Guest speaker discusses Native American culture, current issues

By Tyra Wooten

Native American activist Sarah Adams-Cornell approached the podium wearing traditional Choctaw tribal dress and motivation in her eyes.

More than 50 attendees gathered in the University Museum Auditorium in Faner Hall on Friday evening for the Oklahoma activist’s presentation, titled “A Mile in My Moccasins: Issues Impacting Native Americans.” The discussion was the first in a series of events hosted by the university in observance of Native American Heritage Month.

The presentation covered a host of issues Adams-Cornell said continue to disproportionately affect Native Americans, including sexual violence against women, youth depression, cultural appropriation and legislative discrimination.

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A member of the Choctaw Nation of Oklahoma, she cautioned those in the audience of appropriating the aspects of Native Culture as their own. As an example, she compared the practice of wearing a headdress as part of a costume to wearing a purple heart without earning it.

The sacred headdresses, she said, are made of eagle feathers to communicate certain attributes of a person, such as respect and honor.

One of the most widely used and sanctioned occurrences, Adams-Cornell referenced popular sports mascots, often employed by both franchise teams and public school districts, can also offend some Native Americans.

The use of such racial slurs and crude depictions, she said, is never OK.

“It’s incredibly insensitive and takes a group of people and dehumanizes them,” Adams-Cornell said.

Back in Adams-Cornell’s home state, she said she also collaborates with activist organizations that represent other minority groups.

“We’re seeing a lot of movement with the Black Lives Matter movement and Muslims because of what’s happening in the presidential election,” Adams-Cornell said.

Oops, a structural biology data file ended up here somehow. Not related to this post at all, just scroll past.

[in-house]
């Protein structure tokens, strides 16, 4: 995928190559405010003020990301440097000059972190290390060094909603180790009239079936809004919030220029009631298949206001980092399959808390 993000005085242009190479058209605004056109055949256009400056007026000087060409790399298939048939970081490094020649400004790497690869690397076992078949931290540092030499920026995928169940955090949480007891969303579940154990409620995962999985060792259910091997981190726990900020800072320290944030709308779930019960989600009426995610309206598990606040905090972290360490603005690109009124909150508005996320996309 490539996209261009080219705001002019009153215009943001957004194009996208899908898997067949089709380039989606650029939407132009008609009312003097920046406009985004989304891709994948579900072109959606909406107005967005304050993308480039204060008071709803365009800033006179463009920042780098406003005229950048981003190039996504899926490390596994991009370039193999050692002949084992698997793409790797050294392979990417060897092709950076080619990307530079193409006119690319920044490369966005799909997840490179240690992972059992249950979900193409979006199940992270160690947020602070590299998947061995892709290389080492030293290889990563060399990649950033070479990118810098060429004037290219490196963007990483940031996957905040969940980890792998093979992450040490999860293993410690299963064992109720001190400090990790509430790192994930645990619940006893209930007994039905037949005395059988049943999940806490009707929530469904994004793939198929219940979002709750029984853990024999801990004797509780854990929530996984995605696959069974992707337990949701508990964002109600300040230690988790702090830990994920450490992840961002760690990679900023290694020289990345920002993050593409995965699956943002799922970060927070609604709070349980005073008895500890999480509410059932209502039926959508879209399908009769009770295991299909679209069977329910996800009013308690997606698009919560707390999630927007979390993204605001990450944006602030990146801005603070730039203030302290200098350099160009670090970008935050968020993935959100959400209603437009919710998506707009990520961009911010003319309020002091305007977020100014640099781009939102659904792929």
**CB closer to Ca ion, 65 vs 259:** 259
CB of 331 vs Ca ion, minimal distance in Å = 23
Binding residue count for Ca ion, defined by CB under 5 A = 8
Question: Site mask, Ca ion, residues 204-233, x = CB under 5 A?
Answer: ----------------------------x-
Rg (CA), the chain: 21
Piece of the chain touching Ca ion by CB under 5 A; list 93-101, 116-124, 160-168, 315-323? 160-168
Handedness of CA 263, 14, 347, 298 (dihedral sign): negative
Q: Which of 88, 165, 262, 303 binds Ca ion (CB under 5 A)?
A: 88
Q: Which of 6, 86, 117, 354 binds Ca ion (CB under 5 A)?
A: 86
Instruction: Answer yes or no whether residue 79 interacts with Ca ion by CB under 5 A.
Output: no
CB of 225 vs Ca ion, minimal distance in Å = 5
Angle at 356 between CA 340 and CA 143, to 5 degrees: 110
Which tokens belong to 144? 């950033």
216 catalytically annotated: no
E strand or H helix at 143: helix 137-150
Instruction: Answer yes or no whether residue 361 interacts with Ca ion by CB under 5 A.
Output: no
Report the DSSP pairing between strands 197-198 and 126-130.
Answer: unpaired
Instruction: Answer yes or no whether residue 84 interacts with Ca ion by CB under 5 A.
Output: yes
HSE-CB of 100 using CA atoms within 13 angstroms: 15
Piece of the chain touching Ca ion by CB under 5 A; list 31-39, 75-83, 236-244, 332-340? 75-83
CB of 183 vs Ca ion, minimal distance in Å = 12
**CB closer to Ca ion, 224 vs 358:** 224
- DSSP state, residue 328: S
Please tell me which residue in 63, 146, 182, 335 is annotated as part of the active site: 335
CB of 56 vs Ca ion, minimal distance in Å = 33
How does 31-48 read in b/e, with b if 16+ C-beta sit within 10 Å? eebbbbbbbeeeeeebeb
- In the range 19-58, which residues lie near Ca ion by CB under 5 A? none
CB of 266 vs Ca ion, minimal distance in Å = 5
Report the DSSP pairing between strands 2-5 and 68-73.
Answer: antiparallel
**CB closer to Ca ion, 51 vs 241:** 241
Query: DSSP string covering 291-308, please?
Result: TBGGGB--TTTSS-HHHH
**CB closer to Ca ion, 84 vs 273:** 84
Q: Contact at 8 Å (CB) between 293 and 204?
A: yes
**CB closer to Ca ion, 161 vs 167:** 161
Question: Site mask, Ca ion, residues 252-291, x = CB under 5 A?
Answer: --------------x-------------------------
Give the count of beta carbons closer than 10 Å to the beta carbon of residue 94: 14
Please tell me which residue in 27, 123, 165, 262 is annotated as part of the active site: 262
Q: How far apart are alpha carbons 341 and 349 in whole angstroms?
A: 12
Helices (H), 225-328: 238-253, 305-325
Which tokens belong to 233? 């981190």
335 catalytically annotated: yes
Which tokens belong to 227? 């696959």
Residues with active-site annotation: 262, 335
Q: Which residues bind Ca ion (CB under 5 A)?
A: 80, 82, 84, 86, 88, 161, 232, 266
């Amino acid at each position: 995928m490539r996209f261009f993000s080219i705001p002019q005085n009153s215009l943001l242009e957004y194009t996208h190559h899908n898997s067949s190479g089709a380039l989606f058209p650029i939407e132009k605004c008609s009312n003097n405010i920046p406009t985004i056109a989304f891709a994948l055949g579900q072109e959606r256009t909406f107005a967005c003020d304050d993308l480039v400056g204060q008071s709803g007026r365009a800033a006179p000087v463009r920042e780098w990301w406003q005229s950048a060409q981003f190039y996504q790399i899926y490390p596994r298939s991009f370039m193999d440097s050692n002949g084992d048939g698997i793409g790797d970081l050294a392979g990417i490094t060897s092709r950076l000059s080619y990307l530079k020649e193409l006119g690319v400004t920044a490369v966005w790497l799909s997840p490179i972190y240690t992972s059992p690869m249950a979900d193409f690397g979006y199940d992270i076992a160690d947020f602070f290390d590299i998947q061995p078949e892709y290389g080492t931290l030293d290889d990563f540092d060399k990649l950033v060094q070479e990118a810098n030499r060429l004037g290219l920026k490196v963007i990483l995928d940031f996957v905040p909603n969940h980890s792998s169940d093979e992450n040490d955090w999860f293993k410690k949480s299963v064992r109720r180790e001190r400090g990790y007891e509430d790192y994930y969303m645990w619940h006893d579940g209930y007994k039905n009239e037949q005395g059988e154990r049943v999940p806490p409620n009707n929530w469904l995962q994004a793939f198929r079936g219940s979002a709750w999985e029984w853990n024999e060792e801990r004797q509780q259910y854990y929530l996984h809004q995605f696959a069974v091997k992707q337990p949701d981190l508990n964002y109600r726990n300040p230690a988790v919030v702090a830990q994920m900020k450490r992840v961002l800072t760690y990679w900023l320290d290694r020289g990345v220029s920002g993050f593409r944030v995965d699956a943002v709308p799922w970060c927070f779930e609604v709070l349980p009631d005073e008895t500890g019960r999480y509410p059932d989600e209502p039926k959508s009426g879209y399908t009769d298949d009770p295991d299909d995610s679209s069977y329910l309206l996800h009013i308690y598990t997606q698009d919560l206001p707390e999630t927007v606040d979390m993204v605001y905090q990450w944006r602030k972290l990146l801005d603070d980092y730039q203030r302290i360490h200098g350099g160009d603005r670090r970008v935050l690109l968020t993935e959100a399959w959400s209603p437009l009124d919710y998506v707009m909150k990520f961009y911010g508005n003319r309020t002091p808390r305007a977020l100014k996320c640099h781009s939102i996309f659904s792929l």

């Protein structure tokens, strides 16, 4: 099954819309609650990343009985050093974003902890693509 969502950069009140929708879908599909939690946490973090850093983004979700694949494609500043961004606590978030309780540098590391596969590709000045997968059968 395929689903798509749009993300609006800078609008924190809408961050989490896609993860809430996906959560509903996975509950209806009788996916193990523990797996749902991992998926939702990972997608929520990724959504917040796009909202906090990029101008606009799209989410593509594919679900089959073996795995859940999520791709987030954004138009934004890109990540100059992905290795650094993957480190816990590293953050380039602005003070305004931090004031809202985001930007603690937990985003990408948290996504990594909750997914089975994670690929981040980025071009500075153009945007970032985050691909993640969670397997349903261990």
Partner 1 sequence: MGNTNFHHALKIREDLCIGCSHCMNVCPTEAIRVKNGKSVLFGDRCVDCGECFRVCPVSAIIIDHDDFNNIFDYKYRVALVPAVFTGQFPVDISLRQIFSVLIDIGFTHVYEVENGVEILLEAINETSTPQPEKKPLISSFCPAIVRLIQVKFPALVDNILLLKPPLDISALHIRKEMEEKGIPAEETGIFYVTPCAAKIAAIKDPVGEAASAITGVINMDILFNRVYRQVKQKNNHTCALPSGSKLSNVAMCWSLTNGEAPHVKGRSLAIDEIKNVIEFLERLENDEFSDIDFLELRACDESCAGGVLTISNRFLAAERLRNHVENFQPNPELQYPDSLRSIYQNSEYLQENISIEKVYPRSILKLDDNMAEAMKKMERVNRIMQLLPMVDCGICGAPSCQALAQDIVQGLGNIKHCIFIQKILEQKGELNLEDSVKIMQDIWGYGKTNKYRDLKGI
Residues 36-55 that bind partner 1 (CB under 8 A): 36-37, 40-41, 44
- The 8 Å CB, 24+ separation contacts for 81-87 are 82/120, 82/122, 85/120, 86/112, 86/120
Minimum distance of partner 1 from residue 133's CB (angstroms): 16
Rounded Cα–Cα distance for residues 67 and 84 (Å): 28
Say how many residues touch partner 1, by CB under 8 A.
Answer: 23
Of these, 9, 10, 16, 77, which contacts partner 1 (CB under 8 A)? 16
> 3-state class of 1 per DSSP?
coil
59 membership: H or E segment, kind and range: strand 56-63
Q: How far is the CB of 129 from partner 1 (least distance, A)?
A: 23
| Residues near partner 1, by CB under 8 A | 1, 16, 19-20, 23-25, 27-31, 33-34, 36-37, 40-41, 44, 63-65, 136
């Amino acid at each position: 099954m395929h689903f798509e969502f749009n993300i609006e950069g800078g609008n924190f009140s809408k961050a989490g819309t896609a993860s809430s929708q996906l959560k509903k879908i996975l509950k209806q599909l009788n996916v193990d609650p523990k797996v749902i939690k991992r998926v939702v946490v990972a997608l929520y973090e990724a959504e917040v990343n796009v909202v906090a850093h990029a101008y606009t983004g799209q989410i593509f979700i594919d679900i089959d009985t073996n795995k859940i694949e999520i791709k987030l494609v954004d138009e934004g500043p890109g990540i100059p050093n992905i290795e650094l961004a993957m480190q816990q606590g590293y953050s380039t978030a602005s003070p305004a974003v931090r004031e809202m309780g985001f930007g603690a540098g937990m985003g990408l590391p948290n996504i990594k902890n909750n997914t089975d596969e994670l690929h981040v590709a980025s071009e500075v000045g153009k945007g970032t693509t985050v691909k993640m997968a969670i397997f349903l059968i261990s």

She mentioned the importance of picking elected officials to pass legislation that would correct the high rate of indigenous women who are kidnapped, sold into sex trafficking or abused.

“We have to hold our legislators accountable about how they vote,” Adams-Cornell said.

One in three Native American women are raped, according to a U.S. Justice Department study. Because tribal lands operate independently of U.S. regulation, red tape kept tribal law enforcement agencies from prosecuting those who entered reservations and committed crimes of sexual violence. In 2015, a law was passed by Congress to correct what has been referred to as a loophole in the system exploited by Americans.

“White men and non-native men know they could go on reservations and rape a native woman and not be held accountable for it,” Adams-Cornell said.

She also discussed the educational system and the lack of appropriately describing struggles and contributions Native Americans have had in history. She used her daughter’s history book as one of the poor examples because of how it described the Trail of Tears.

“We have to demand that our institutions of education are offering accurate history,” Adam-Cornell said.

After the event, Marcus Abston, a graduate student in zoology who is the interim president of the university’s Native American Student Organization, said he was grateful for the conversation topics and the spread of awareness of Native American issues.

“It’s a real privilege to have her here,” he said. “She’s doing so much in the community.”

Staff writer Tyra Wooten can be reached at [email protected] or on Twitter @twootenDE.

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